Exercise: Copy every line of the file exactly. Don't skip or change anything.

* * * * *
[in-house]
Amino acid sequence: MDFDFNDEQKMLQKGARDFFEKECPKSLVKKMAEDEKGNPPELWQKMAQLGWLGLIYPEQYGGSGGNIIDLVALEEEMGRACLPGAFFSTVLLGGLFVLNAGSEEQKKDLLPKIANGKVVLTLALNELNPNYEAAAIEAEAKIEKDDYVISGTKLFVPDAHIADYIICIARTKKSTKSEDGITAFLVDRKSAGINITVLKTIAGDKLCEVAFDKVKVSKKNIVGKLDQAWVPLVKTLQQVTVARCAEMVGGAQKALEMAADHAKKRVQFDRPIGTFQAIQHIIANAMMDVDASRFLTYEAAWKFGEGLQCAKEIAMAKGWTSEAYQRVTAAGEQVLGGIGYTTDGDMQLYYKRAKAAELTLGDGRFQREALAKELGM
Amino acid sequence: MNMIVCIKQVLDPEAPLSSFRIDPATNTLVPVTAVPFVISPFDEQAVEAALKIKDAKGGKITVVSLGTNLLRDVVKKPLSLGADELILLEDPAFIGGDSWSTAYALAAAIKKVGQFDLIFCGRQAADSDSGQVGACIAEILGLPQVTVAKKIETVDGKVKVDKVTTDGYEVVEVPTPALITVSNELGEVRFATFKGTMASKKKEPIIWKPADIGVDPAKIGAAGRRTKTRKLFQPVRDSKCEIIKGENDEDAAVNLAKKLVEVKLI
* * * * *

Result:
[in-house]
Amino acid sequence: MDFDFNDEQKMLQKGARDFFEKECPKSLVKKMAEDEKGNPPELWQKMAQLGWLGLIYPEQYGGSGGNIIDLVALEEEMGRACLPGAFFSTVLLGGLFVLNAGSEEQKKDLLPKIANGKVVLTLALNELNPNYEAAAIEAEAKIEKDDYVISGTKLFVPDAHIADYIICIARTKKSTKSEDGITAFLVDRKSAGINITVLKTIAGDKLCEVAFDKVKVSKKNIVGKLDQAWVPLVKTLQQVTVARCAEMVGGAQKALEMAADHAKKRVQFDRPIGTFQAIQHIIANAMMDVDASRFLTYEAAWKFGEGLQCAKEIAMAKGWTSEAYQRVTAAGEQVLGGIGYTTDGDMQLYYKRAKAAELTLGDGRFQREALAKELGM
Amino acid sequence: MNMIVCIKQVLDPEAPLSSFRIDPATNTLVPVTAVPFVISPFDEQAVEAALKIKDAKGGKITVVSLGTNLLRDVVKKPLSLGADELILLEDPAFIGGDSWSTAYALAAAIKKVGQFDLIFCGRQAADSDSGQVGACIAEILGLPQVTVAKKIETVDGKVKVDKVTTDGYEVVEVPTPALITVSNELGEVRFATFKGTMASKKKEPIIWKPADIGVDPAKIGAAGRRTKTRKLFQPVRDSKCEIIKGENDEDAAVNLAKKLVEVKLI